What’s your ultimate goal in life? Whatever you just said – make more money, build the career of your dreams, spend more time with family – it probably boils down to the same thing: be happy. Everything that we do …
Starting a new job can make you feel like you're a kid again. You never thought you'd be this excited about going to work, but then again, this job's different – it's "the one." You work your butt off to impress your bosses, and they love you because you're the first one in, last one out. However, after the honeymoon phase ends and everyone stops being so nice and accommodating, you begin to feel reality sinking in … again. You start having those all-too-familiar feelings of uncertainty and frustration: "I thought this time would be different." The days roll into months, and you can't seem to shake the feeling that something's not quite right with your once dreamy 9-to-5. You might even feel like you chose the wrong job and career altogether. Before you decide all is lost, here are a few things you may want to consider.
If you're weighing a new job offer, there are multiple factors to consider beyond the salary, company culture, and the nature of the actual job itself. One of these factors is the length and type of commute you'll be undertaking to the workplace and back on a daily basis.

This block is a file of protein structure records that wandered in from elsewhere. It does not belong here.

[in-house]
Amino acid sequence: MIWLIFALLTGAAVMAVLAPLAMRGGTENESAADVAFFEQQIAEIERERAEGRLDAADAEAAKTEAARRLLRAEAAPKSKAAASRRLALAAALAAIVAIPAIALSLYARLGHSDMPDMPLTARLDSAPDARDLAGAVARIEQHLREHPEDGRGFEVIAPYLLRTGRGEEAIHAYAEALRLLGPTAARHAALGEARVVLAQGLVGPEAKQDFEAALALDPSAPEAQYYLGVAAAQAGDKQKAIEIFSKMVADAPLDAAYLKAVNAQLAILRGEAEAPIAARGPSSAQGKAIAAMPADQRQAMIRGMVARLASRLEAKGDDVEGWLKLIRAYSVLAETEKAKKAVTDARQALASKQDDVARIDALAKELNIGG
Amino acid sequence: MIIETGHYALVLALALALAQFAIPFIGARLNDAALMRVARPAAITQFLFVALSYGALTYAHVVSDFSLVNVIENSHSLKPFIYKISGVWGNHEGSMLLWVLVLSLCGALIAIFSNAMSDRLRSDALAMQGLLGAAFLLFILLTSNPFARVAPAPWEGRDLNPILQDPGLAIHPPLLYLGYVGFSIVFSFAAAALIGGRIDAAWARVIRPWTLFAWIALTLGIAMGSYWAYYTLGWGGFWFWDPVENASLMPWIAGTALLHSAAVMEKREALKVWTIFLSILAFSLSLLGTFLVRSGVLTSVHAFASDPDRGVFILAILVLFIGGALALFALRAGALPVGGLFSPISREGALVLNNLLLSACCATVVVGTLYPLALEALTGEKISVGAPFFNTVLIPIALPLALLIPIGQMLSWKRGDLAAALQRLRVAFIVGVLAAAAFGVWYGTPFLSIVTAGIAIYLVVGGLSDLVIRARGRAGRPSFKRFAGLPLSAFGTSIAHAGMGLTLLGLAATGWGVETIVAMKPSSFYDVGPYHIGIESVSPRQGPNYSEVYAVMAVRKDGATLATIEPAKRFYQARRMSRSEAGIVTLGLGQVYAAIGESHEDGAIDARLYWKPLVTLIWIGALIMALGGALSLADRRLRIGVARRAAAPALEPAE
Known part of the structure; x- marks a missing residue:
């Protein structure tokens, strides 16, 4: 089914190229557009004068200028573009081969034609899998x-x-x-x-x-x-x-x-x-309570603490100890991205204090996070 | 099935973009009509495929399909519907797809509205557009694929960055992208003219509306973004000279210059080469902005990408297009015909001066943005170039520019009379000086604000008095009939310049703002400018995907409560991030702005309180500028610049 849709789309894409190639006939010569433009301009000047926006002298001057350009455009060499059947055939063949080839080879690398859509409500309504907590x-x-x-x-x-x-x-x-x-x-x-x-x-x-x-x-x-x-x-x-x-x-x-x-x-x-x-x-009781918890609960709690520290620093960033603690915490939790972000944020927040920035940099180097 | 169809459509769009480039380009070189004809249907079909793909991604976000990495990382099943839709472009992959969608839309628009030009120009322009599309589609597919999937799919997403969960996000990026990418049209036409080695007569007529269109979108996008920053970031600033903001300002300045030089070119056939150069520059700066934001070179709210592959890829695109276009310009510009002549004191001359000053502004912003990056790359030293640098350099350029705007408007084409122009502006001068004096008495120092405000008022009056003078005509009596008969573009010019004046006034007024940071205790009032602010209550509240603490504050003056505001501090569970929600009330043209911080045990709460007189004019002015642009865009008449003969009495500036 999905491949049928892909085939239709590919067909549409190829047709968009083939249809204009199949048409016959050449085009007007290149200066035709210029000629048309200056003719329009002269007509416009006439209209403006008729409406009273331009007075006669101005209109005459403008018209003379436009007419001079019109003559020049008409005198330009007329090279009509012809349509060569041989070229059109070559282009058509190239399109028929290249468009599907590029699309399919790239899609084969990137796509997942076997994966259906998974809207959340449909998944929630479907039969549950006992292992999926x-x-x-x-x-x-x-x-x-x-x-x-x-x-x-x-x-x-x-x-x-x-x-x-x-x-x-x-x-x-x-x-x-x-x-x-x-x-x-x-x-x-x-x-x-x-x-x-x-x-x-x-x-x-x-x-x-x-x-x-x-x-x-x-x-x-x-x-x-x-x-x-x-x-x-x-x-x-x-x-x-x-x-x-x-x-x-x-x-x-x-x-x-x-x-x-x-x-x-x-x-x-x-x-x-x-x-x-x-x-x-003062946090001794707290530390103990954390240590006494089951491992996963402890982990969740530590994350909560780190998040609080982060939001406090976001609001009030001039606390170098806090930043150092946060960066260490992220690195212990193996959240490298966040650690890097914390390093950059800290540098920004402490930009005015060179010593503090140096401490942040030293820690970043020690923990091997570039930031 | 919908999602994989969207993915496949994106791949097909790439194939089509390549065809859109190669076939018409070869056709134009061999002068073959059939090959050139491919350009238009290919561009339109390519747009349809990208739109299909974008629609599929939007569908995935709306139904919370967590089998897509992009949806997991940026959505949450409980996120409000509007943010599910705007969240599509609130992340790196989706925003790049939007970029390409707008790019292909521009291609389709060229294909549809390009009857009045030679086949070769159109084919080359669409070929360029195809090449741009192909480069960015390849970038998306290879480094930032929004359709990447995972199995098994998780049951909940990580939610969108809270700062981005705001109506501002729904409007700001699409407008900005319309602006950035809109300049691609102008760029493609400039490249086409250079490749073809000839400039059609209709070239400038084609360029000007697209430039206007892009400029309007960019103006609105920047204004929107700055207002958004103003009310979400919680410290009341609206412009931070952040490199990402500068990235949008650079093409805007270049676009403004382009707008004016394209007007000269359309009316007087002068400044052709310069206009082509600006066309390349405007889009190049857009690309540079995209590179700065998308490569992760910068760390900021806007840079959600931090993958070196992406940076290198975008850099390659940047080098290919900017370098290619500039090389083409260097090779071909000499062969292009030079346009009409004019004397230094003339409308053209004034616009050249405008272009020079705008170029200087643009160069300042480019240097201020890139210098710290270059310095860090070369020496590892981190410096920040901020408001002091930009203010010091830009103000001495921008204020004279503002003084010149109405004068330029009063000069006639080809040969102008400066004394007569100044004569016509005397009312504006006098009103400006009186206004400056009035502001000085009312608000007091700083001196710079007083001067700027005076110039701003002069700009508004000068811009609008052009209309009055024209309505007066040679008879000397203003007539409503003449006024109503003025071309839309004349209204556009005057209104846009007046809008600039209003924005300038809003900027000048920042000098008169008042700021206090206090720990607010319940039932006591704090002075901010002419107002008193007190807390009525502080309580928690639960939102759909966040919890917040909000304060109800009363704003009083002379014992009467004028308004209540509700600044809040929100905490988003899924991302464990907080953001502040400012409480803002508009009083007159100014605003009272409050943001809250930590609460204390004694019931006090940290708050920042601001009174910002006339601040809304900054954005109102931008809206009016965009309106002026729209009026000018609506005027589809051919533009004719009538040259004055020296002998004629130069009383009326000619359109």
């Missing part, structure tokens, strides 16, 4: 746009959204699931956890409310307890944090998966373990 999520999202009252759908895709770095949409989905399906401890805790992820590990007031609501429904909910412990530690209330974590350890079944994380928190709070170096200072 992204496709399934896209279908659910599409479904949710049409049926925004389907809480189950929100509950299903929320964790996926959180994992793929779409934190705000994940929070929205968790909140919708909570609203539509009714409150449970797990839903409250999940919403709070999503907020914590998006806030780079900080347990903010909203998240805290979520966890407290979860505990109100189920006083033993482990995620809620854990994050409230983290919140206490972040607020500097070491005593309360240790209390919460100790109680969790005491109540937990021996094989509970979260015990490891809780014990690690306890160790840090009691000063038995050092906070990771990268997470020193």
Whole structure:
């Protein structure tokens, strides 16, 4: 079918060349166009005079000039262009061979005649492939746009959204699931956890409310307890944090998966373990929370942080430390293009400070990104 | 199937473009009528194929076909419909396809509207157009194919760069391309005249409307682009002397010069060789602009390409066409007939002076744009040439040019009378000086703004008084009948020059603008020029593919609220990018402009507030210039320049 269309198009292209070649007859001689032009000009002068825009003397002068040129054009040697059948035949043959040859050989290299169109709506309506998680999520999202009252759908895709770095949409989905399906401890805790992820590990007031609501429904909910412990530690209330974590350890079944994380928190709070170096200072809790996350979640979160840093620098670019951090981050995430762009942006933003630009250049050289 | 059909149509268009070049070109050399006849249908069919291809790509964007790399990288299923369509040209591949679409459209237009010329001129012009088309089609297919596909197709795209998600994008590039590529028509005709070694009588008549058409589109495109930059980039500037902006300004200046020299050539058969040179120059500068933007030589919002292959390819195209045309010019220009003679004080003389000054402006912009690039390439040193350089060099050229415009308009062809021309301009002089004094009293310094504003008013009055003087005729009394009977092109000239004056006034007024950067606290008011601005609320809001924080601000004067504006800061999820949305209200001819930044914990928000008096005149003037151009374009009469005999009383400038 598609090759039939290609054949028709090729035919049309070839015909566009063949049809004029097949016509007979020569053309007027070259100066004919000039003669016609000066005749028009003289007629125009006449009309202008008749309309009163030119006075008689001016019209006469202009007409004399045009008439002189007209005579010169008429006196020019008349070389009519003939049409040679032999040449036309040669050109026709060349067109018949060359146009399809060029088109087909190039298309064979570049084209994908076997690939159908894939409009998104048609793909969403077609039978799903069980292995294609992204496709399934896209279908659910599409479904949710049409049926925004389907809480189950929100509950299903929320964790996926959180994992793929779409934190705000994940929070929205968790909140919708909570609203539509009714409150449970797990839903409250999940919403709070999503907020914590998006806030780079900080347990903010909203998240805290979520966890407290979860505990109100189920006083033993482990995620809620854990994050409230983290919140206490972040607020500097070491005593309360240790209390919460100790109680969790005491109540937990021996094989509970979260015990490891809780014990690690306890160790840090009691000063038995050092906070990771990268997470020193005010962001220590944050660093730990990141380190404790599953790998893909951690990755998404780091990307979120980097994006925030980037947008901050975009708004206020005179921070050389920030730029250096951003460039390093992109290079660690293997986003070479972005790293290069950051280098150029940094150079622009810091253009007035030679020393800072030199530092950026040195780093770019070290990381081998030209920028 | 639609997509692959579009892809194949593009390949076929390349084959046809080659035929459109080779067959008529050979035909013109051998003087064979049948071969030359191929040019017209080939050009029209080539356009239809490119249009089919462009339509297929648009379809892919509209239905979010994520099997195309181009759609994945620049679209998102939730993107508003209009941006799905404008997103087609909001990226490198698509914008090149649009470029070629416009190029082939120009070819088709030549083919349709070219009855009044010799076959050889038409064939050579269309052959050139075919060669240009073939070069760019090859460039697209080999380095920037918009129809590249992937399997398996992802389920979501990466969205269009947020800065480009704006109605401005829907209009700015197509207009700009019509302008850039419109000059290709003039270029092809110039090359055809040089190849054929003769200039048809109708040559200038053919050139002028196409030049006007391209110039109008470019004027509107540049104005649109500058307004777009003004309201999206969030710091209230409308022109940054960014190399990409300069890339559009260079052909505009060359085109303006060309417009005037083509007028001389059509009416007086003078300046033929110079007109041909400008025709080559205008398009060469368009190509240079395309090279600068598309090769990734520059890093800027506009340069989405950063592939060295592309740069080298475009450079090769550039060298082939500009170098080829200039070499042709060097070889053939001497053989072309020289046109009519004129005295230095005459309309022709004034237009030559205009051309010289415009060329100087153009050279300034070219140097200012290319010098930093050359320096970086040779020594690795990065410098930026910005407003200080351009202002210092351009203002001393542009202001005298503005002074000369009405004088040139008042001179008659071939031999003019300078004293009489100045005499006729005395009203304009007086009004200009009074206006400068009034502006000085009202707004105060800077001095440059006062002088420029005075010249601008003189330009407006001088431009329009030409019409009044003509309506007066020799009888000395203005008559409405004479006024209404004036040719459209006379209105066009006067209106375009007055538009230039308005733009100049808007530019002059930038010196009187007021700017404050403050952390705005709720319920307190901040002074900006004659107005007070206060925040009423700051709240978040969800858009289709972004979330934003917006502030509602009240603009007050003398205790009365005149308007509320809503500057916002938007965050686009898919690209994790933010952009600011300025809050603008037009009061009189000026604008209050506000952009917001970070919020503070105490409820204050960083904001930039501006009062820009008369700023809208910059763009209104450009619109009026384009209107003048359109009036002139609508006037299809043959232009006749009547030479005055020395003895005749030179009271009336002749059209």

Should managers focus on making workers happy, even before satisfying the shareholders? Yes, according to Dr. Kazuo Inamori, management expert, billionaire entrepreneur, and Buddhist priest. Inamori has spent decades applying and honing his organizational philosophies, and he's done so with great success. He created the $64 billion phone carrier known as KDDI Corp, and he rescued Japan Airlines from bankruptcy just a few years ago. His ideas are unique, complex, and yet also super-simple in the essence: "If you want eggs, take care of the hen. If you bully or kill the hen, it’s not going to work."
We all know that money, ultimately, can't buy happiness. True contentment and fulfillment comes from family, community, health, love, purpose ... but it's also true that being broke isn't much fun either. Surely a billionaire would feel happier, on an average day, than someone who's really struggling financially. This is a fair assumption, but it's only true to a point. Let's look at some research concerning wealth and happiness to try to understand the relationship between the two a little bit better.
If you've ever teetered back and forth trying to figure out whether money could buy you happiness or not, then you're not alone. Choosing a career can often seem like a trade-off between wealth and happiness. Do you take the higher paying job and sacrifice time with your family, or do you choose the job that allows you more freedom and flexibility but warrants a smaller paycheck? See if your answer changes after reading what research has to say about the money-happiness argument.
Research shows that 65 percent of managers are "checked-out" at work, which means that there's a 65 percent chance that your boss is not so great. If you're unsure as to whether your direct manager is part of the misery-inducing majority, then here are a few surefire ways to tell. You're welcome and good luck.